Zion Gold 12 x 16 Oil ©2020 Bill Cramer $1,450 SOLD “This is an autumn scene looking down Zion Canyon from near the Big Bend area. I believe that’s Lady Mountain in the distance. This has always been a favorite area of mine, although I haven’t painted this view too often. I just like hanging out there!”

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ROLAND LEE St. George, UT Roland Lee has explored the National Parks for over 40 years, capturing images with sketchbook and paintbrush. From his cabin on the east border of Zion National Park, Roland has intimately explored the peaks and canyons of Zion and his original paintings can be found in over 1700 museum, bank, corporate, university, and private art collections. He was recently awarded the Utah Governor’s Mansion Medal for contribution to the arts in Utah. Roland’s paintings have been selected for exhibit by the National Watercolor Society, the Transparent Watercolor Society of America, Arts for the Parks Top 100, and Paint the Parks Top 100 shows which toured America. Roland’s paintings are featured in his new 160 page hardcover book: Discovering Zion, A Pictorial Guide to the Landscape, Geology and History of Zion National Park. Forty of Roland’s Zion Canyon landscape paintings are included in the book: Mukuntuweap, Landscape and Story of Zion Canyon. He is also featured in the books: Art of the National Parks, Painters of Utah’s Deserts and Canyons, and Contemporary Western Artists. Roland served on the Board of Directors of the Zion Natural History Association and Zion National Park Foundation at Zion National Park for twelve years. “For 40 years I have explored the canyons and cliffs of Zion National Park carrying a sketchbook and paintbrush, in every season from summer heat to winter snow. I have also travelled the world and painted everything from the South Pacific islands’ sandy beaches and crystal waters to Switzerland’s rocky alps and roaring rivers. But for me, returning to Zion is like returning home. To walk along the rippling Virgin River, under a canopy of golden leaves, with Zion’s cliffs soaring above is an experience difficult to match. The earth is a wonderful place, and I thank God every day for the privilege of seeing it, exploring it, and painting it.” 20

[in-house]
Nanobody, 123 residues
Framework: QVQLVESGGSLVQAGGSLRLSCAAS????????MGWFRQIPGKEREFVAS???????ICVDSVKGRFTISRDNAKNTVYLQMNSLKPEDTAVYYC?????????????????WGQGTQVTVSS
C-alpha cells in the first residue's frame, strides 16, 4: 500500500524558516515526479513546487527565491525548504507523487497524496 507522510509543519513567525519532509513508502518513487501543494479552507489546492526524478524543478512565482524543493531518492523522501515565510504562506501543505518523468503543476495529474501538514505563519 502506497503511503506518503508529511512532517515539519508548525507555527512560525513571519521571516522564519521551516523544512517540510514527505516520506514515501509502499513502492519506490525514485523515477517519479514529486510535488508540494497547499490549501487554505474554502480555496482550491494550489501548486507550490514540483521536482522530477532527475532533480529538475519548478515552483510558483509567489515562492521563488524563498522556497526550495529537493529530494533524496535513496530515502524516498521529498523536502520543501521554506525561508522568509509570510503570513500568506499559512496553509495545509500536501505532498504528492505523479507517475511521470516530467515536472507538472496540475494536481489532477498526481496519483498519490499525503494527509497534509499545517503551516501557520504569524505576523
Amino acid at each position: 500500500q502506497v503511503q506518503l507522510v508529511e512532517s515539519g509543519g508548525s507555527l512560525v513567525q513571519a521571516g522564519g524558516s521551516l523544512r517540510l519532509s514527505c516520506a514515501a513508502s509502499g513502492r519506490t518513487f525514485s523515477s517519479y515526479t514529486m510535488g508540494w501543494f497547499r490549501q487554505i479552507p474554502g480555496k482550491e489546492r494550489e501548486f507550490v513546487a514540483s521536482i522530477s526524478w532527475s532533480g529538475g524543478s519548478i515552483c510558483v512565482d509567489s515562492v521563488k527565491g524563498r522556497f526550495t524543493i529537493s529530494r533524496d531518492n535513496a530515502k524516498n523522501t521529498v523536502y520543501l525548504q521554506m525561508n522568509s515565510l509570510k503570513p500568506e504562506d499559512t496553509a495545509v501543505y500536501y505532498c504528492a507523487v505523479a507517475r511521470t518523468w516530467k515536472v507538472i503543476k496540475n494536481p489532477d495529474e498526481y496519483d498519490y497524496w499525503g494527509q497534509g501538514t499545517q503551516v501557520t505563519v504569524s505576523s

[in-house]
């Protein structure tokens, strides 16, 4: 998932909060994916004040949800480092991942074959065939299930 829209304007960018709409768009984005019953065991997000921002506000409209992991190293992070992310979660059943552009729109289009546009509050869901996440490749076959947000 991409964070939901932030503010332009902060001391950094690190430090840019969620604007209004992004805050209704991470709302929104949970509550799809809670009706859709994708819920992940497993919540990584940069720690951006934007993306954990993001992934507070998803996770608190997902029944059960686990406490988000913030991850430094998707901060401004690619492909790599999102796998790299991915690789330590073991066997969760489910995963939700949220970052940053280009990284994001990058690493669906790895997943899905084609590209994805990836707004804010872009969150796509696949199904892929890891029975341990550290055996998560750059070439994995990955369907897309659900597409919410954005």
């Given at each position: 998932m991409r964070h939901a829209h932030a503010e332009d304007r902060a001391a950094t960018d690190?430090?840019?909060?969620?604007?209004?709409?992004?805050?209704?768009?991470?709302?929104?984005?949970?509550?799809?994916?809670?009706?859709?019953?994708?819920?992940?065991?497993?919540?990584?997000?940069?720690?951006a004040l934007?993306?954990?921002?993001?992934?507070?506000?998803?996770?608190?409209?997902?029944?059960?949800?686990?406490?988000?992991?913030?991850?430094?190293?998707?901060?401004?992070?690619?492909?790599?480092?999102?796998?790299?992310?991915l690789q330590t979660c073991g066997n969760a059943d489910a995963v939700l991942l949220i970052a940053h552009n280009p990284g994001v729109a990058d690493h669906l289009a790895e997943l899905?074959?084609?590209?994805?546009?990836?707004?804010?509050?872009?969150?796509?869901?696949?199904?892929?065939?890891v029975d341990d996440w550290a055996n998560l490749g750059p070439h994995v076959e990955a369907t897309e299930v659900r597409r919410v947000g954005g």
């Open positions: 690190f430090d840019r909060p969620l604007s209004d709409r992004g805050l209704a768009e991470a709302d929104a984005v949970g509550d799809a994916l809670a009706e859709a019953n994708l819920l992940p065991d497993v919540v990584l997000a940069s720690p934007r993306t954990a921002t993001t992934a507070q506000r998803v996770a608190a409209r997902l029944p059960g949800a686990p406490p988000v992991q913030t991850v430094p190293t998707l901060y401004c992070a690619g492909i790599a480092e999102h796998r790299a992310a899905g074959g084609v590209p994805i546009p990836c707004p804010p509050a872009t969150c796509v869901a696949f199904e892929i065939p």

Essence of Zion 21 x 29 Watercolor ©2020 Roland Lee $6,495 SOLD

“Autumn in Zion is spectacular. The warm glow of Cottonwood leaves as they turn from green to gold shows off their color against the rich dark reds of the shadowed cliffs. This view is looking south between the tall cliffs from an area just south of Temple of Sinawava. It is amazing how just a short walk leaves canyon visitors alone to view Zion’s wonders.” 21

Eternal Paths 21 x 29 Watercolor ©2020 Roland Lee $6,495 “The shuttles stop at Temple of Sinawava, where hikers begin the stroll up-canyon and into the Zion Narrows. I like to leave the shuttle crowds and begin walking down the canyon along the Virgin River where just a five minute walk will leave me practically alone. The canyon walls at this point are fairly close on both sides of the river. “Eternal Paths” is looking back towards the west canyon wall. At a point just on the right edge of the painting, visitors can often see a tall narrow waterfall coursing over the cliffs—especially during the rainy season. This painting explores the varnish stains and characteristics of the cliff face itself as it rises from the river bottom.”